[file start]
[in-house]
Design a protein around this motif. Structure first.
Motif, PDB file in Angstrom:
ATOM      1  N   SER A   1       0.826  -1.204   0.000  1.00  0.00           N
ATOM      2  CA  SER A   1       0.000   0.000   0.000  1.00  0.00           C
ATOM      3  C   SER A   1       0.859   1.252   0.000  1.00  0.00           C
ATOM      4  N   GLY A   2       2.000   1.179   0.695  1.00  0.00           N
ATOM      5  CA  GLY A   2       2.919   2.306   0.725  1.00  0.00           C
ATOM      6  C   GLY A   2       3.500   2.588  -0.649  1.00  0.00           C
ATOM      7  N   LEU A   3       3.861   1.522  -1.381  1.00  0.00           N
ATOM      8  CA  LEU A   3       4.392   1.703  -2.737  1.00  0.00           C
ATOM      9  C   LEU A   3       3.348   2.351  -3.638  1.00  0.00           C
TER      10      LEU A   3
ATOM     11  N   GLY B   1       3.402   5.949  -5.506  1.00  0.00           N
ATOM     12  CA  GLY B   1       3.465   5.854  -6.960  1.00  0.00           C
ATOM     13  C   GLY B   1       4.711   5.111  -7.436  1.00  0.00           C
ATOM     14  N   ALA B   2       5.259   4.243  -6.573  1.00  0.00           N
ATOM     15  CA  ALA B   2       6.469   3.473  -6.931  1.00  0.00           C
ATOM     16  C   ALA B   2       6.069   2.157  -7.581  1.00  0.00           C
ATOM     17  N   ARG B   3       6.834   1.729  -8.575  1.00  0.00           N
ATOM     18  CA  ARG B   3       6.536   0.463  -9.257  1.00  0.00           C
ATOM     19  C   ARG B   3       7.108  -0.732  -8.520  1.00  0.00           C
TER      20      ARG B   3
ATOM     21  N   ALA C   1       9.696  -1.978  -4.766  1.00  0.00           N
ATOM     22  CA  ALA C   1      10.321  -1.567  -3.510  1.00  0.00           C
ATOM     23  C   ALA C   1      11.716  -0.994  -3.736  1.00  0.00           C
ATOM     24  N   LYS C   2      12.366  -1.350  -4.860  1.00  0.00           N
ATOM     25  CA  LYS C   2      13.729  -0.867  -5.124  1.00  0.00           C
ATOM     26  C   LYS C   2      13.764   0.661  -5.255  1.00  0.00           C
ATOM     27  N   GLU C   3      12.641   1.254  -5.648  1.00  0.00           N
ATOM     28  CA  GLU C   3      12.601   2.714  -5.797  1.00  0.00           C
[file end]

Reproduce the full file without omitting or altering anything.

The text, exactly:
[in-house]
Design a protein around this motif. Structure first.
Motif, PDB file in Angstrom:
ATOM      1  N   SER A   1       0.826  -1.204   0.000  1.00  0.00           N
ATOM      2  CA  SER A   1       0.000   0.000   0.000  1.00  0.00           C
ATOM      3  C   SER A   1       0.859   1.252   0.000  1.00  0.00           C
ATOM      4  N   GLY A   2       2.000   1.179   0.695  1.00  0.00           N
ATOM      5  CA  GLY A   2       2.919   2.306   0.725  1.00  0.00           C
ATOM      6  C   GLY A   2       3.500   2.588  -0.649  1.00  0.00           C
ATOM      7  N   LEU A   3       3.861   1.522  -1.381  1.00  0.00           N
ATOM      8  CA  LEU A   3       4.392   1.703  -2.737  1.00  0.00           C
ATOM      9  C   LEU A   3       3.348   2.351  -3.638  1.00  0.00           C
TER      10      LEU A   3
ATOM     11  N   GLY B   1       3.402   5.949  -5.506  1.00  0.00           N
ATOM     12  CA  GLY B   1       3.465   5.854  -6.960  1.00  0.00           C
ATOM     13  C   GLY B   1       4.711   5.111  -7.436  1.00  0.00           C
ATOM     14  N   ALA B   2       5.259   4.243  -6.573  1.00  0.00           N
ATOM     15  CA  ALA B   2       6.469   3.473  -6.931  1.00  0.00           C
ATOM     16  C   ALA B   2       6.069   2.157  -7.581  1.00  0.00           C
ATOM     17  N   ARG B   3       6.834   1.729  -8.575  1.00  0.00           N
ATOM     18  CA  ARG B   3       6.536   0.463  -9.257  1.00  0.00           C
ATOM     19  C   ARG B   3       7.108  -0.732  -8.520  1.00  0.00           C
TER      20      ARG B   3
ATOM     21  N   ALA C   1       9.696  -1.978  -4.766  1.00  0.00           N
ATOM     22  CA  ALA C   1      10.321  -1.567  -3.510  1.00  0.00           C
ATOM     23  C   ALA C   1      11.716  -0.994  -3.736  1.00  0.00           C
ATOM     24  N   LYS C   2      12.366  -1.350  -4.860  1.00  0.00           N
ATOM     25  CA  LYS C   2      13.729  -0.867  -5.124  1.00  0.00           C
ATOM     26  C   LYS C   2      13.764   0.661  -5.255  1.00  0.00           C
ATOM     27  N   GLU C   3      12.641   1.254  -5.648  1.00  0.00           N
ATOM     28  CA  GLU C   3      12.601   2.714  -5.797  1.00  0.00           C